Against the backdrop of local fury over the Irish government's decision to close the accident and emergency unit at Roscommon Hospital, artist Robert Ballagh has described the Irish health service as "being based entirely on queues," this following the sudden death of his wife, Betty, earlier this year.
Betty died in a bathroom in St. Joseph's hospital in Raheny, Dublin and five months on the Ballagh family still does not know the cause of her death.
In an RTE radio interview, Ballagh outlined a battle to get his wife admitted to the emergency room at Beaumount Hospital after she became unwell with a stomach complaint.
She was left for over 16 hours on a chair in "considerable discomfort" before she was moved to a trolley. She was later moved to St. Patrick's ward in Beaumont which Ballagh, in the interview, described as a holding ward "designed to massage the trolley figures."
After a week, his wife was discharged despite being in a very weak state.
"How have we ended up with a health system that treats people so badly? Ballagh asked in the interview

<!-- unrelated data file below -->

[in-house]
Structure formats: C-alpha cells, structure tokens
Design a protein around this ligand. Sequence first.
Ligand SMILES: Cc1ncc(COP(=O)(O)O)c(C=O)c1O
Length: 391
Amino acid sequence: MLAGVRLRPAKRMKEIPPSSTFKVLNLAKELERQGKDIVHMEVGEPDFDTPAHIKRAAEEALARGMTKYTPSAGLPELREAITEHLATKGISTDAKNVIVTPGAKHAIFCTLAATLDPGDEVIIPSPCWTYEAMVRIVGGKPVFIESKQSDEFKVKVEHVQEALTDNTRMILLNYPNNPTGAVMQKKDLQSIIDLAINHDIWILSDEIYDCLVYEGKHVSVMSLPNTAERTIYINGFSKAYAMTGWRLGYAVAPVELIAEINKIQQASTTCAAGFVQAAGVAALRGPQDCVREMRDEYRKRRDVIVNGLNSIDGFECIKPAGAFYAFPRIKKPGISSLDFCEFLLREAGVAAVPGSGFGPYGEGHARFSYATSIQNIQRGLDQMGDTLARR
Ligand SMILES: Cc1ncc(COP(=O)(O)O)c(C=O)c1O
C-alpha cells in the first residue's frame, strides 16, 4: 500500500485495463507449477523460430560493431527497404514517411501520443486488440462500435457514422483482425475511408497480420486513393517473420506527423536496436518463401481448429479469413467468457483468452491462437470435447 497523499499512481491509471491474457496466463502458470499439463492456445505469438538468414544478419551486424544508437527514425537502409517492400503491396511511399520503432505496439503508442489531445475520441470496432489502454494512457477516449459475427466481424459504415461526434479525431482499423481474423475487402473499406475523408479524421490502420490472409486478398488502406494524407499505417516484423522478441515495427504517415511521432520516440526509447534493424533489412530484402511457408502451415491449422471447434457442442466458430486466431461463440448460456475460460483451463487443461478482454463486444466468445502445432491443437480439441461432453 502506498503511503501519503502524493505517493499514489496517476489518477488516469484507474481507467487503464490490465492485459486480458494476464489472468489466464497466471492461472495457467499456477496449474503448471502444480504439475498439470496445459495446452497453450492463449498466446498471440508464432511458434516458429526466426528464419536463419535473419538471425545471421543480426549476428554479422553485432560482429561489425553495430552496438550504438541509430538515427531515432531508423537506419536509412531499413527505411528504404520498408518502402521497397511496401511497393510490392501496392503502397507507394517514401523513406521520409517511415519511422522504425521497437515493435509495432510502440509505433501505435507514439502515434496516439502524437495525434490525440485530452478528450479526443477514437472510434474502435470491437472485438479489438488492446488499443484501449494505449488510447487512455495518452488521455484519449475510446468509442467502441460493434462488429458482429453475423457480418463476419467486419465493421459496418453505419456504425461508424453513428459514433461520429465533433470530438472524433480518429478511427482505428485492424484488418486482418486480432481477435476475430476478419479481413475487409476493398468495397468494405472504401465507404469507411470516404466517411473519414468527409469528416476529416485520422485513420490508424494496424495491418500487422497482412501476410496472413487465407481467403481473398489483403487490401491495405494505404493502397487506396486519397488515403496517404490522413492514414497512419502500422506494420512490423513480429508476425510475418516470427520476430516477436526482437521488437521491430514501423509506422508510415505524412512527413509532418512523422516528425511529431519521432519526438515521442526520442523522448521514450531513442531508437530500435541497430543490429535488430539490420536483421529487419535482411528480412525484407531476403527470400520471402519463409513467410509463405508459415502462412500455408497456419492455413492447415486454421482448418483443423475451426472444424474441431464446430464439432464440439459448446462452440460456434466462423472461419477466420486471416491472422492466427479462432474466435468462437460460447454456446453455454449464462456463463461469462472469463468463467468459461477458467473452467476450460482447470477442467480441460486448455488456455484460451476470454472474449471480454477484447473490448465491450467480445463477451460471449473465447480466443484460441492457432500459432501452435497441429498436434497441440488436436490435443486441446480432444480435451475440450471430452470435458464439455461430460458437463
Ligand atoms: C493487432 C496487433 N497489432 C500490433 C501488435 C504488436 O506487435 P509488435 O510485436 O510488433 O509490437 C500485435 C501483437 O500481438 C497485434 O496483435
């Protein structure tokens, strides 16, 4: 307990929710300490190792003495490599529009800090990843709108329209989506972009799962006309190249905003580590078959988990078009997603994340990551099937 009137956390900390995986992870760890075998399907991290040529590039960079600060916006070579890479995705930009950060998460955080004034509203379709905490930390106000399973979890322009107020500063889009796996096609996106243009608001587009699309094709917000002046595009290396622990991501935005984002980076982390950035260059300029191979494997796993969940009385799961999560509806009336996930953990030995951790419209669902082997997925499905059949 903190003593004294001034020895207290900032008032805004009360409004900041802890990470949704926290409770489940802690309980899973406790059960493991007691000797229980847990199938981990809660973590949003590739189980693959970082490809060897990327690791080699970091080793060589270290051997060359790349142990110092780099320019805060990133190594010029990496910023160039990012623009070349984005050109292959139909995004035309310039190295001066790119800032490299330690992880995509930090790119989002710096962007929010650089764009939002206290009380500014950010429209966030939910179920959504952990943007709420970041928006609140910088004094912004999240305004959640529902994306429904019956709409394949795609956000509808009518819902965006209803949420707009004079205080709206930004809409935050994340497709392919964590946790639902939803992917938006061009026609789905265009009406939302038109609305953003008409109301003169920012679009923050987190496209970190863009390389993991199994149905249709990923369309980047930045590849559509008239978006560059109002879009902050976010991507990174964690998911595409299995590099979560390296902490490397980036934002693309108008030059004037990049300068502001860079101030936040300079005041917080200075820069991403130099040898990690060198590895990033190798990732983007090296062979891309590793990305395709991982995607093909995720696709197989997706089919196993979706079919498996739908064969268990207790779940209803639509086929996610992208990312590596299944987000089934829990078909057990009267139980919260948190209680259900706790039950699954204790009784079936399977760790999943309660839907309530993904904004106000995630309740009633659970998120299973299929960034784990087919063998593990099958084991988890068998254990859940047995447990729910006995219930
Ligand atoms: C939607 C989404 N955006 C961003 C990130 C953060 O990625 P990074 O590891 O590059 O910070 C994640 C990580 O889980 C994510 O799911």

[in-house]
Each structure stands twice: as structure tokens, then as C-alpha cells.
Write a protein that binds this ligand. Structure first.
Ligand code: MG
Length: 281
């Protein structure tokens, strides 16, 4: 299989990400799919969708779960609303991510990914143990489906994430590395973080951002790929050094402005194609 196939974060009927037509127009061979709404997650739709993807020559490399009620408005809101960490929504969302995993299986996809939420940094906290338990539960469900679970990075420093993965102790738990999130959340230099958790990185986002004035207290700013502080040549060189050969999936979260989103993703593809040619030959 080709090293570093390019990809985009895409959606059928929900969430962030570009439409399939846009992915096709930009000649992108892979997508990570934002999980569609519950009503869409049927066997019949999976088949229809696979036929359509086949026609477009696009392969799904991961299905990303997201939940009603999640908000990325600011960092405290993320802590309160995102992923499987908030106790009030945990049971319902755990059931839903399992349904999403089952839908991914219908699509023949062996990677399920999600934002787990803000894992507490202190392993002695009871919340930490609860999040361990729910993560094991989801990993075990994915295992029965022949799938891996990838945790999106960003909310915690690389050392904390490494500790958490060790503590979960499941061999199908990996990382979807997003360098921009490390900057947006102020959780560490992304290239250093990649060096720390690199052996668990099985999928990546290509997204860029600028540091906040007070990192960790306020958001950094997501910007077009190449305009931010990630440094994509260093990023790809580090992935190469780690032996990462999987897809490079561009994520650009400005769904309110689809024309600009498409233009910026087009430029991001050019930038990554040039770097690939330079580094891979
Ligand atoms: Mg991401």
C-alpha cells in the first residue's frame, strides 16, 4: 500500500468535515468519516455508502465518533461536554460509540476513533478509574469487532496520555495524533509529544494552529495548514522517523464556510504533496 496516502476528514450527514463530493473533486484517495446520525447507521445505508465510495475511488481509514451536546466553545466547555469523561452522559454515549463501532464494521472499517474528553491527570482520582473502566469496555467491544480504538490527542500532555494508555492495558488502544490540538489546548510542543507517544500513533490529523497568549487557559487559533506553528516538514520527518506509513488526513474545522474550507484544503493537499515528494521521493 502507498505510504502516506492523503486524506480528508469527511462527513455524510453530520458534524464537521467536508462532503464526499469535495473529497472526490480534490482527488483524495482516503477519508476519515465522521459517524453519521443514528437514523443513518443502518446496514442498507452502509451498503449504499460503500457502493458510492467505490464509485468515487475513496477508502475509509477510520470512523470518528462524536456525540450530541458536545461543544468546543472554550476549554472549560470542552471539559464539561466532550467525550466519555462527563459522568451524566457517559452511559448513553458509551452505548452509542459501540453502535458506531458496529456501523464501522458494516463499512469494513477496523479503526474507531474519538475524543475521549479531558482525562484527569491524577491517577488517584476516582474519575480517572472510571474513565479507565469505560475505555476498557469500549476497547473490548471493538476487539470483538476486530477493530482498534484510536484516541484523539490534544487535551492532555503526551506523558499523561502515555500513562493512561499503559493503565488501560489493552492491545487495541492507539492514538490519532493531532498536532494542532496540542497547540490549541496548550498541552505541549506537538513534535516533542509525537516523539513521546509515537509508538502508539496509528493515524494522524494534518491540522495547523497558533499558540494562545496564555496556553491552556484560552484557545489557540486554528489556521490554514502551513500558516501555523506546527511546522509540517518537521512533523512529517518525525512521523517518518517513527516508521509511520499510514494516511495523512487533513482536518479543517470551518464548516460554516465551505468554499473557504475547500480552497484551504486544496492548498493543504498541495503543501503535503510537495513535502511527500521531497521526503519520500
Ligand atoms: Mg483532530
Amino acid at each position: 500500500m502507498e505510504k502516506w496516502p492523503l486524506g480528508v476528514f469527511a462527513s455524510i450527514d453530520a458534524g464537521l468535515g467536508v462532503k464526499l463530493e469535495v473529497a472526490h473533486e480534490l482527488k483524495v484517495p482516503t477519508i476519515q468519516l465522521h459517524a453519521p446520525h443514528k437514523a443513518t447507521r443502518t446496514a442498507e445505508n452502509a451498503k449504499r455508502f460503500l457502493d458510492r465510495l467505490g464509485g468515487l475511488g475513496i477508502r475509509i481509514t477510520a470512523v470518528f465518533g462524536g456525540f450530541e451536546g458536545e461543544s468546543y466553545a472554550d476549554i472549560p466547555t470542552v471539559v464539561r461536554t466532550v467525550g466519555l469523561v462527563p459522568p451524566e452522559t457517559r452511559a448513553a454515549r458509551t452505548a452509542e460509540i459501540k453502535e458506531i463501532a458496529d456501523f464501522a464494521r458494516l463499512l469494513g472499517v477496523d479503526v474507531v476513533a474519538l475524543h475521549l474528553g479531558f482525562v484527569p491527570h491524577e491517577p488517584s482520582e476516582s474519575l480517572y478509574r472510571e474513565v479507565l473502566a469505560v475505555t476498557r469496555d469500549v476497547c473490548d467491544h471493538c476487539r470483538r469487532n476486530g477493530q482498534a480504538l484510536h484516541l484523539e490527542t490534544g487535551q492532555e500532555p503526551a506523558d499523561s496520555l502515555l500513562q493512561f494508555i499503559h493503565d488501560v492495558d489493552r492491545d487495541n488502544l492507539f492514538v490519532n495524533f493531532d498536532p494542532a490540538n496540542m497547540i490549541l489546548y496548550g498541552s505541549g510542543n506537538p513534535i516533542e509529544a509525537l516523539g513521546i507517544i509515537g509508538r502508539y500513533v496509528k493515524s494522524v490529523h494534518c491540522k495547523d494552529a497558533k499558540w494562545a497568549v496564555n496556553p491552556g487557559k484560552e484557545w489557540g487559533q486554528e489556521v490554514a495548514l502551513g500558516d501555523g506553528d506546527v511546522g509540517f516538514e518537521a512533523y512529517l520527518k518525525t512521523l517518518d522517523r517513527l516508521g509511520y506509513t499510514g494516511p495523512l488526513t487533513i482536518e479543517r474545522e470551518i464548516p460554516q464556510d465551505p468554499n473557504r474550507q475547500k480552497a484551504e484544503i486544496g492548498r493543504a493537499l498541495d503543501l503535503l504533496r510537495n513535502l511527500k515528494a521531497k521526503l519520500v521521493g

After a day at home, Betty was in serious discomfort and after frantic calls from Ballagh, she was admitted to St. Joseph's Hospital in Raheny. She was discovered dead by staff in a toilet during the night.
"We need to make the system more humane. Our entire hospital system is based on queues," Ballagh said on the John Murray Show.
He said that the delay with the coroner's investigation was due to the state labs being massively overloaded. "Tissue samples etc are being sent to private hospitals in the U.S. for analysis due to the backlog" he told Murray.
Robert Ballagh and his children still don't know how Betty died. They are still waiting for the coroner's report, the Irish Independent reported.